Yakutumba has tried to unify the various anti-Kabila rebel forces in the Kivu region, claiming that the “military option” is the way to “chase the dictator Joseph Kabila from power.” His clarion call has evoked memories of past “liberation” campaigns such as the Alliance des Forces Démocratiques pour la Libération du Congo (AFDL), which ousted President Mobutu Sese Seko, and the Rassemblement Congolais pour la Démocratie (RCD), which fought against President Laurent Kabila. Both movements, however, were backed by foreign states seeking to “create territorial spheres of interest within which they could plunder the Congo’s riches.” 2 Yakutumba has managed to convince these youths that yet another rebellion is needed to free the country from the dictatorship it has endured since Kabila’s controversial election victory in 2011.

He has also emphasized the security and humanitarian crisis in the Kasai region in south-central DRC (far away from Kivu)—where fighting between the army and local militias has displaced 1.4 million people in a year—in order to demonstrate that he is a nationalist and that he seeks to unite and “liberate” the entire country.

Those who join these causes for patriotic reasons soon become aware that the main motivations behind the various liberation movements over the past three decades have been greed and financial gain. Nevertheless, many will still join liberation movements if they are convinced of their legitimacy and if they believe it is the best way to improve their economic situation. It seems that a large number of Congolese youth still await an ultimate savior who will lead them in a “noble and just struggle”—to use Patrice Lumumba’s words from his 1960 Independence Day speech—to free their country from its social, economic, and political troubles.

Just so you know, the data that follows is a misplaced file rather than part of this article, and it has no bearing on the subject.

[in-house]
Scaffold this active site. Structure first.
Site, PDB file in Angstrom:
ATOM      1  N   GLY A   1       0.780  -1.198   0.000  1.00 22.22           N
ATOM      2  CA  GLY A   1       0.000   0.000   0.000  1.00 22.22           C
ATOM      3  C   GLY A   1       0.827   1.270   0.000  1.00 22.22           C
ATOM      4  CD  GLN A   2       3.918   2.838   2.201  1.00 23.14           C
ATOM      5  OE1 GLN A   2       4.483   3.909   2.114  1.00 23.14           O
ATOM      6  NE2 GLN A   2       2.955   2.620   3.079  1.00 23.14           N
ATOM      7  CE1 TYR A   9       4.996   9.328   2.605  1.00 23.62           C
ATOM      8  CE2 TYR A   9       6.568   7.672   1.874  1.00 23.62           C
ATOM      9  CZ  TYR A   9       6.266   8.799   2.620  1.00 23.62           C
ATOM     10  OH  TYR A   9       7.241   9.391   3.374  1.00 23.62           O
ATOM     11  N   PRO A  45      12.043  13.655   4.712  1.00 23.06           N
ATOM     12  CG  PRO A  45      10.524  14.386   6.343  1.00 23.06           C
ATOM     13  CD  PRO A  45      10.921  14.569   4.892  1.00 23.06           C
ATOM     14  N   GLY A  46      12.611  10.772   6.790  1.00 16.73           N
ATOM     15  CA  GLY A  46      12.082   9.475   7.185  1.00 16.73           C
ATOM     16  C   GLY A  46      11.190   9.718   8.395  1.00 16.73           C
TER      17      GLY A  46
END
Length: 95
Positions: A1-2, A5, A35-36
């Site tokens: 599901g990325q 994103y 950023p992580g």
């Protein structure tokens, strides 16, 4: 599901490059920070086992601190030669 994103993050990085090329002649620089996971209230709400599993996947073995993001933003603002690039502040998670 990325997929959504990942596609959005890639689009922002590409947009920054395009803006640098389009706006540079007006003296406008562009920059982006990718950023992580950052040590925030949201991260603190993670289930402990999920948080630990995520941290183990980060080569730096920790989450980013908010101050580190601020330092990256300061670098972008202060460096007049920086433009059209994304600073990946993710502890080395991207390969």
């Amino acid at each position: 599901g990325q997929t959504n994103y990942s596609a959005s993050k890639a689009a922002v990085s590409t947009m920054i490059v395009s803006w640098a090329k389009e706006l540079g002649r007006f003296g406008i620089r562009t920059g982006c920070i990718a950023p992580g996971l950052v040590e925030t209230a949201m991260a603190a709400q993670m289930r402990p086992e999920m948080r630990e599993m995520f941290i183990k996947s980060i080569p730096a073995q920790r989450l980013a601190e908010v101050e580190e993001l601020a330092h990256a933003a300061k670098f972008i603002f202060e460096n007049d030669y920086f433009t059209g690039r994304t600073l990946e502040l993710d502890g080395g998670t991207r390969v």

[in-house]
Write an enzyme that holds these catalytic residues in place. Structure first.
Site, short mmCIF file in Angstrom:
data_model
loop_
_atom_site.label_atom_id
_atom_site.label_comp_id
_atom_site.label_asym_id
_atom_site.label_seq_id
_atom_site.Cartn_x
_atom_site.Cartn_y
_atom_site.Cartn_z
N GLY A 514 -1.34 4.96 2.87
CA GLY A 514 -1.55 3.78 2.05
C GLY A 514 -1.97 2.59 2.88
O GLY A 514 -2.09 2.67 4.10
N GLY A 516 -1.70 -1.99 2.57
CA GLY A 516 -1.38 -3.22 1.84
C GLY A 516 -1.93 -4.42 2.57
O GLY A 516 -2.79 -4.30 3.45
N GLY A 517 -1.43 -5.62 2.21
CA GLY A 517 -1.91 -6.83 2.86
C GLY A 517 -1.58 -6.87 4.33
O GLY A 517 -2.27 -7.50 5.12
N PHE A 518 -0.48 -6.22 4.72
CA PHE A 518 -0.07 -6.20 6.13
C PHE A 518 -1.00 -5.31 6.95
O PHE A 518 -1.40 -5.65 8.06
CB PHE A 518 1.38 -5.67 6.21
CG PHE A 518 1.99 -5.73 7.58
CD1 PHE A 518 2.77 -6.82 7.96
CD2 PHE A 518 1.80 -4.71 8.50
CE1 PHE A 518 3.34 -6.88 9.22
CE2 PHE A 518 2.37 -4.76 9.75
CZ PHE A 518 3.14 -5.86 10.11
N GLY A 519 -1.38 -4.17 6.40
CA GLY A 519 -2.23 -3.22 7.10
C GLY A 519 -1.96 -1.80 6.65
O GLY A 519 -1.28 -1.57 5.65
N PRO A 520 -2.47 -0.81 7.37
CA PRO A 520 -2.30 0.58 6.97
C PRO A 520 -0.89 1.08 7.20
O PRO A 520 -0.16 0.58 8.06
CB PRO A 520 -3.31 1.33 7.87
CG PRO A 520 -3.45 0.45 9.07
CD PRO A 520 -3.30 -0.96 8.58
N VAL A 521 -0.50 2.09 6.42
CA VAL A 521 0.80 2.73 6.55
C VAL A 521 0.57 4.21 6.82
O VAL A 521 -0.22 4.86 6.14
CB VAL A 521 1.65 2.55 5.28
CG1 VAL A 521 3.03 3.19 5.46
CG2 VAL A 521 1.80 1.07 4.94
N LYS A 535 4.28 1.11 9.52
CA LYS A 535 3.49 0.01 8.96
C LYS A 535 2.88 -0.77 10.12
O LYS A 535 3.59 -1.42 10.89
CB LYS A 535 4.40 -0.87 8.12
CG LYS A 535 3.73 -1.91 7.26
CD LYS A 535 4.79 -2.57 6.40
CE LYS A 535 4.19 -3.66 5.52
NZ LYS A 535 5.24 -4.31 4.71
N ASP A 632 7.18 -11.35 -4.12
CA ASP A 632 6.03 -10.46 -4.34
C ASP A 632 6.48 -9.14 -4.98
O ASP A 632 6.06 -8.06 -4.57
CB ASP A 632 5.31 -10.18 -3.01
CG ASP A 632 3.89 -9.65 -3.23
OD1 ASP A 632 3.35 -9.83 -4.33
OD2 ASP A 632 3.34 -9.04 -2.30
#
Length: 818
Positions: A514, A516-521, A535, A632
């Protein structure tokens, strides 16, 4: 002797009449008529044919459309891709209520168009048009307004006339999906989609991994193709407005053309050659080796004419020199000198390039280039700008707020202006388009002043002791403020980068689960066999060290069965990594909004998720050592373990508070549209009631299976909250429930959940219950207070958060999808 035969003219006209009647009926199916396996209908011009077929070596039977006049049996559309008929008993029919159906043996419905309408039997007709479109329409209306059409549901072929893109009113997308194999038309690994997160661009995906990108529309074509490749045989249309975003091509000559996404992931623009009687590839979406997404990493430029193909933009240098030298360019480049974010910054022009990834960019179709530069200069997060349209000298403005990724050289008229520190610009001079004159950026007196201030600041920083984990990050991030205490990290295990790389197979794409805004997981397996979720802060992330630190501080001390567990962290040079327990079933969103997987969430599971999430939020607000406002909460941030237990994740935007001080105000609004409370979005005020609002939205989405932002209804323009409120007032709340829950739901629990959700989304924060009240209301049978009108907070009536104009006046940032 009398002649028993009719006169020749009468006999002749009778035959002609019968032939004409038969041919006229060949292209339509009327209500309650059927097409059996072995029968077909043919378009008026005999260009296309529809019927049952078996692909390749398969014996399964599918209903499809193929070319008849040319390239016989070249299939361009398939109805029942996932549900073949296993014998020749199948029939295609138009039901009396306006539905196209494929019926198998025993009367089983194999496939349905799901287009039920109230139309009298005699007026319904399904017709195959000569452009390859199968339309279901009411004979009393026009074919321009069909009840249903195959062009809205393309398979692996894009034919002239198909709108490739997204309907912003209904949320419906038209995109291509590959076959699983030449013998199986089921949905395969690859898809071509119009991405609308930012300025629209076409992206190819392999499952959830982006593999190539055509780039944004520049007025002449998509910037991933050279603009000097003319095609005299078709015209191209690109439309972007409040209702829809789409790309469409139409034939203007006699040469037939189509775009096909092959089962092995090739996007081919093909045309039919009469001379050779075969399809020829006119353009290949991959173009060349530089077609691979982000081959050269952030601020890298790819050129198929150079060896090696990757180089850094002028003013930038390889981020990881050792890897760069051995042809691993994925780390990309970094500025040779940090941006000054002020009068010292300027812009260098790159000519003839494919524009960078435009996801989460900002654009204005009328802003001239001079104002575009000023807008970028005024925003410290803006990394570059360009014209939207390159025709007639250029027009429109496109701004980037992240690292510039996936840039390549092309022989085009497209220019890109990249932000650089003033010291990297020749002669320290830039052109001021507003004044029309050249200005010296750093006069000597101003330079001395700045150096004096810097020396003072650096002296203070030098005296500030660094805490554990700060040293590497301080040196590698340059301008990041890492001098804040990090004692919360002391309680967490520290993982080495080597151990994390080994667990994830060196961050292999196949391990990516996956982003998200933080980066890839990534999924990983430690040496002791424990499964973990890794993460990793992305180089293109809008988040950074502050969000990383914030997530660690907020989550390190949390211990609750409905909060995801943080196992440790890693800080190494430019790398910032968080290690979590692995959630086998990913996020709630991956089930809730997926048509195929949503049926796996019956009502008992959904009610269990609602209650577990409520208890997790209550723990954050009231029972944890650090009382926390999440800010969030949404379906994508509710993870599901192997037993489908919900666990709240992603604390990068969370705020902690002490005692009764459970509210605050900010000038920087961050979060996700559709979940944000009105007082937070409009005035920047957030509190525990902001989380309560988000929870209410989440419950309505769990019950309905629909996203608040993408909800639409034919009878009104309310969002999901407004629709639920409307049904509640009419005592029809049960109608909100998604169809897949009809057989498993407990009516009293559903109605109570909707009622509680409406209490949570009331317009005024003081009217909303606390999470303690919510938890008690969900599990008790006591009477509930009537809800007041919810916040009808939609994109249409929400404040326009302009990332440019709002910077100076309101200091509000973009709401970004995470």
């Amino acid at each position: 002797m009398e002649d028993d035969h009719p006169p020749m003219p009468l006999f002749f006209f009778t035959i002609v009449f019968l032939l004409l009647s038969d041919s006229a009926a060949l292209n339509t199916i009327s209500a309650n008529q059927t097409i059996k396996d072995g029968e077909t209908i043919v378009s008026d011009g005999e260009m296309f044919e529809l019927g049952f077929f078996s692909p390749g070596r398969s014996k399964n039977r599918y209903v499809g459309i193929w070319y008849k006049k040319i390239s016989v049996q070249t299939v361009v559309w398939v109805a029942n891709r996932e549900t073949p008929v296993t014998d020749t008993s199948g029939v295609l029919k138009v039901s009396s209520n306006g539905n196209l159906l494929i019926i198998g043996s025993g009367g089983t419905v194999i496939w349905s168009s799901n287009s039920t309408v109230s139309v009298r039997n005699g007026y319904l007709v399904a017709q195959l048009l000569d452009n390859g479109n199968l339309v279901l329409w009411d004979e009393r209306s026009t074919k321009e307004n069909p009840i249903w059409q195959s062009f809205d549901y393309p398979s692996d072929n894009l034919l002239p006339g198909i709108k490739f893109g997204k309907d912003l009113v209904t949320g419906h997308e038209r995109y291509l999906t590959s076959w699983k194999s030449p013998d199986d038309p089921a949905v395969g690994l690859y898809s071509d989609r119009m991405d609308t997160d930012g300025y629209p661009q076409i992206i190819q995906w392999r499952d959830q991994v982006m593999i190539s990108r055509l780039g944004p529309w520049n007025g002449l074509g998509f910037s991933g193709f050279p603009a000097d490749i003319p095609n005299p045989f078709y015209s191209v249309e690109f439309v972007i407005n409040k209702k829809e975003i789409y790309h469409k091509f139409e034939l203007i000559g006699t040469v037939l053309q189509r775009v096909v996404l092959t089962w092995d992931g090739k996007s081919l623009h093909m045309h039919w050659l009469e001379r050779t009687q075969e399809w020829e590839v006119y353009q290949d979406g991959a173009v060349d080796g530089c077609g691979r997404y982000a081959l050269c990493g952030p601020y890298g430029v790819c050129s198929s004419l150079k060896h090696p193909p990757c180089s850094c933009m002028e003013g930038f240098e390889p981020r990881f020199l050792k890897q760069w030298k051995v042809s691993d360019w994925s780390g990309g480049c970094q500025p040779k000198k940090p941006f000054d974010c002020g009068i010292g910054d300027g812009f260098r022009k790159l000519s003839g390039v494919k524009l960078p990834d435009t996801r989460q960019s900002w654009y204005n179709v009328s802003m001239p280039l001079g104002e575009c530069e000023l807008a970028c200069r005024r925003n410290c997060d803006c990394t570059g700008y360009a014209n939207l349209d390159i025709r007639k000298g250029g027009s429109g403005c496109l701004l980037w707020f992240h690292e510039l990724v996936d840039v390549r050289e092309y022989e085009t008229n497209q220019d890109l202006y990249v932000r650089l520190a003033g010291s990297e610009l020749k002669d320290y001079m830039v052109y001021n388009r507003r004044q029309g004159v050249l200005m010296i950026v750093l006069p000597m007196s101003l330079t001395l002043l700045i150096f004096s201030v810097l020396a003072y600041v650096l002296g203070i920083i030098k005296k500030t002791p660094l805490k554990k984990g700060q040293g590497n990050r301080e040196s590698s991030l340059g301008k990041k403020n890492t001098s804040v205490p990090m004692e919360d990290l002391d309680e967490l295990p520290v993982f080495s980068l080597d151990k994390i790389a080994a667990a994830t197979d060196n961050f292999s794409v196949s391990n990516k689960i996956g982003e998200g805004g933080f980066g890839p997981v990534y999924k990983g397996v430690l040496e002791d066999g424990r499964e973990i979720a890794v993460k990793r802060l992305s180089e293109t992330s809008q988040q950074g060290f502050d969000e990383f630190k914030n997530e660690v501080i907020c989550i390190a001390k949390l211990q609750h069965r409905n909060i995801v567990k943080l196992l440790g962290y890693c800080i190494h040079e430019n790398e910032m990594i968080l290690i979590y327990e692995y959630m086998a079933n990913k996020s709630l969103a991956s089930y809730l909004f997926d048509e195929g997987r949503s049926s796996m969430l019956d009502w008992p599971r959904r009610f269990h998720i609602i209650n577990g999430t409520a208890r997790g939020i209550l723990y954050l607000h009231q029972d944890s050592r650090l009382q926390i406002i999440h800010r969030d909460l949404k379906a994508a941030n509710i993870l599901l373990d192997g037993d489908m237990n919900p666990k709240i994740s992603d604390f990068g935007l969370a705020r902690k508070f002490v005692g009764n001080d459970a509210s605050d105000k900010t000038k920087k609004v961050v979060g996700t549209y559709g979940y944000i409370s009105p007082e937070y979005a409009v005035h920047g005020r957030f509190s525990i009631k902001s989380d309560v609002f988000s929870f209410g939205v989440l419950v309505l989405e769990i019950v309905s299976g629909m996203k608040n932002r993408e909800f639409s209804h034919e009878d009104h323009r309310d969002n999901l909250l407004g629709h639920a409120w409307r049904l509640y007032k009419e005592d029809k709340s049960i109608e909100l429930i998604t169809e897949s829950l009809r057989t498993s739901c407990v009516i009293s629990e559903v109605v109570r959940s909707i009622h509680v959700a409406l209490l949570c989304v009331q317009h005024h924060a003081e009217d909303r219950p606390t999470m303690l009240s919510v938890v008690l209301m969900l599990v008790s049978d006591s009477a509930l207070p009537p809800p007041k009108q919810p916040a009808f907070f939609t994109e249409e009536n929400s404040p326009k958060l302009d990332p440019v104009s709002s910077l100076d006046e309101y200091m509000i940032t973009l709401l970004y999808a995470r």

Congolese youth remain susceptible to recruitment into armed militias whose leaders use them to enrich themselves through activities that often involve violence against civilians, including rape and murder. In order to discourage them from joining these armed groups, the government and non-governmental organizations should cooperate to empower youth politically and socioeconomically. This can be done by supporting youth initiatives at the community level to alleviate unemployment and idleness, addressing the cost and accessibility of education, and renewing attempts to demobilize and recruit militiamen into the national army using financial incentives. As long as young people remain poor, unemployed, unable to exercise their rights, and distrustful of the government in Kinshasa, they will be subject to manipulation by leaders who promise to liberate them and their country.

  1. Koen Vlassenroot and Frank Van Acker, “War as exit from exclusion? The formation of Mayi-Mayi militias in Eastern Congo,” Afrika Focus 17, no. 1-2 (2001): 54.
  2. Georges Nzongola-Ntalaja, The Congo: From Leopold to Kabila: A People’s History (Zed Books, 2002), 227.
Visited 26 times, 1 visit(s) today